For experienced candidates, there’s no need to go overboard and include a lot of details. Instead, limit your entries to:

  • University name / High school name
  • Your degree and major
  • Years attended or graduation date

As for the date, you can include the graduation month or limit yourself to the year you graduated If you graduated more than 10 years ago, you don’t have to include the graduation date at all.

What about the order of the items in each entry?

There’s flexibility here. For example, you can choose to start the education section with your degree and list the university after it. Or, if you went to a prestigious university, you can choose to list it first and put emphasis on it.

Here are some examples.

How to List Education for Experienced Candidate

This example was taken from a resume of an experienced candidate. Notice how they chose not to include too many details.

How to List a High School Diploma

This example was taken from a resume of an experienced candidate with a high school degree but no college education.

Emphasizing university on a resume

This candidate chose to lead with the prestigious university and enter their degree below it. Notice how they omitted the graduation year, as it was a long time ago.

Here are some templates you can use to fill in your education section easily.

EDUCATION
Your degree/major
Your university/High School, location, date of graduation
EDUCATION
Your university / High school, Location
Your degree, Date of graduation
EDUCATION
Your university / High school, Location
Date of graduation
Degree

If you’re an experienced candidate, your skills section will almost certainly matter more than your education. Learn all about creating it from this beast of a guide: How to Put Skills on a Resume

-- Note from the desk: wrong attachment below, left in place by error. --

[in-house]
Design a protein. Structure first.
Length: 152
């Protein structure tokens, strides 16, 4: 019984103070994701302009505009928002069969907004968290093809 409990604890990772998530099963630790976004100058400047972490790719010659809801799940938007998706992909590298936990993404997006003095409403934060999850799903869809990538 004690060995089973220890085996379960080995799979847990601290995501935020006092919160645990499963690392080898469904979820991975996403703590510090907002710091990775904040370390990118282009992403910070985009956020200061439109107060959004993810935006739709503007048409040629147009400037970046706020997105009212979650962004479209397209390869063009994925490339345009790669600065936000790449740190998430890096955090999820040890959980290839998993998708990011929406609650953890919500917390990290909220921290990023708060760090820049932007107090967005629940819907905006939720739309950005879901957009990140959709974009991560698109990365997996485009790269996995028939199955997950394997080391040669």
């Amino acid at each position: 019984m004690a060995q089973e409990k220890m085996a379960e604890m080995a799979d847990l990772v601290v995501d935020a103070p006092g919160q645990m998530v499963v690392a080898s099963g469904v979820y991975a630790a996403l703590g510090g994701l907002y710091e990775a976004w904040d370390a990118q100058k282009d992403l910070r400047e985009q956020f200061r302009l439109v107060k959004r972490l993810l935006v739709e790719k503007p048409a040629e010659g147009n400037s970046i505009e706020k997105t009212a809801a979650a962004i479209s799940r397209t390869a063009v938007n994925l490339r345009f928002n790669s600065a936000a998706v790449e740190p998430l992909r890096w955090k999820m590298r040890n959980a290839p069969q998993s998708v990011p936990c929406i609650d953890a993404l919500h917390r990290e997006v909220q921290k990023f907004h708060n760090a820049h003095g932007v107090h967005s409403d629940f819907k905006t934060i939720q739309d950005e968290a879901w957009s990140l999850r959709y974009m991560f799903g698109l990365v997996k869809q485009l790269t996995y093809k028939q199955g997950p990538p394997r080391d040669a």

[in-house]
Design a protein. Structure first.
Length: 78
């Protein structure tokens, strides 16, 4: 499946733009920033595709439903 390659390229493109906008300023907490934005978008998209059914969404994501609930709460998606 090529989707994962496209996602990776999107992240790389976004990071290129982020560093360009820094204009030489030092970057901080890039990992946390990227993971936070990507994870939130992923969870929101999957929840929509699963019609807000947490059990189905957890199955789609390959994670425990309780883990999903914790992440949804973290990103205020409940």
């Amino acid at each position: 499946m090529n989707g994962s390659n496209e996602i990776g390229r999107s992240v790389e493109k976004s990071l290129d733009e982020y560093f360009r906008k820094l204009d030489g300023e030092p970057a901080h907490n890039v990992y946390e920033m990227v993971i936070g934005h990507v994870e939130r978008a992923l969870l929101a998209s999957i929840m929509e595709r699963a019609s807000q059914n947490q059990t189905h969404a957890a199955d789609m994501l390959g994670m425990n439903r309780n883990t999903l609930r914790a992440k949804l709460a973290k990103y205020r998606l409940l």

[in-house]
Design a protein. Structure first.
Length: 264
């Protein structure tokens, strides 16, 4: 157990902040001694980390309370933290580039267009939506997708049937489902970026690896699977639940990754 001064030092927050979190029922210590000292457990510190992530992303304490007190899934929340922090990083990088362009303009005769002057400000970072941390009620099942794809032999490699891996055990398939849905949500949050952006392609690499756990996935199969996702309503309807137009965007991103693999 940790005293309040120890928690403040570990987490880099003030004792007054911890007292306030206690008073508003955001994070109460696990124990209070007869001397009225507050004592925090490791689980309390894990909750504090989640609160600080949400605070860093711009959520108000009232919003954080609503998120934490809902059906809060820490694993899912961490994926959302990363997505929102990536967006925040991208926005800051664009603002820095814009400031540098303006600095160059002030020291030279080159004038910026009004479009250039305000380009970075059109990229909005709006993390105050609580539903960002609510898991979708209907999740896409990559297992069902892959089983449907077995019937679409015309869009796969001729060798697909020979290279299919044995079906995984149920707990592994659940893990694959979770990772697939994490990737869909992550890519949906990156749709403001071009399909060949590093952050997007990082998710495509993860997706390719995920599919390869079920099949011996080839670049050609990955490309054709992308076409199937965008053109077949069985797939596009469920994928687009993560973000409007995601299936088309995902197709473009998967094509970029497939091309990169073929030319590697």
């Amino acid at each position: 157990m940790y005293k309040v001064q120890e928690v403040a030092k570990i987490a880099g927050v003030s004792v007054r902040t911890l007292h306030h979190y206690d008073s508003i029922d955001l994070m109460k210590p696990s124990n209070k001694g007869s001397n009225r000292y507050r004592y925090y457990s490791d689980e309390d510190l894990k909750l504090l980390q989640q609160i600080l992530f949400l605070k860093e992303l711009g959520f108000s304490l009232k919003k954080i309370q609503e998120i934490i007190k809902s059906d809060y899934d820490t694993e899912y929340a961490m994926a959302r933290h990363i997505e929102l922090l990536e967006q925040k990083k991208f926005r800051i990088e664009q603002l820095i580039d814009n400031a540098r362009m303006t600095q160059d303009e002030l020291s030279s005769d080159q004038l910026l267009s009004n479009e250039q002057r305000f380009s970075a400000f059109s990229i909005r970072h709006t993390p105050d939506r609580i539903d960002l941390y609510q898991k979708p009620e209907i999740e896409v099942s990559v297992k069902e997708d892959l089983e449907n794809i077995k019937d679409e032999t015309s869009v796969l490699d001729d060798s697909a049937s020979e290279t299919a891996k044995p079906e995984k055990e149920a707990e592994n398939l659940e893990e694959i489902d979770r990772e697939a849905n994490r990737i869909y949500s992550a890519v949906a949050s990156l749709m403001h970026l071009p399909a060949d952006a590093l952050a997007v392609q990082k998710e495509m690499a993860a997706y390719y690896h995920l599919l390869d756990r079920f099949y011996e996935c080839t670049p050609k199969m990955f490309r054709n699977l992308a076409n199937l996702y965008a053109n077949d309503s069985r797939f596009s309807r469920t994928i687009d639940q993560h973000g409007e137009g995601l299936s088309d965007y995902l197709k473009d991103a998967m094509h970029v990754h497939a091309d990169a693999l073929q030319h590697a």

Listing education for candidates without work experience

If you don’t have a lot of work experience or you’re fresh out of college, you need to make the most of what you have. Remember those courses you slaved over in school? Make them work for you now!

Focus on details relevant to the position you’re applying for.

Usually, these are:

  • Minors
  • Awards and honors
  • Relevant coursework
  • GPA (only if it’s 3.5 or higher)
  • Extracurricular activities, student exchange programs, etc.
  • Other academic achievements

Imagine you’ve just finished your English studies and you’re aiming for a Content Writer position. Include any fellowships, awards, internships, or certifications that showcase your skills. Take a look at the example below.

Master of Arts, English Language

  • This candidate included their GPA, details about their creative writing award, and a student exchange program.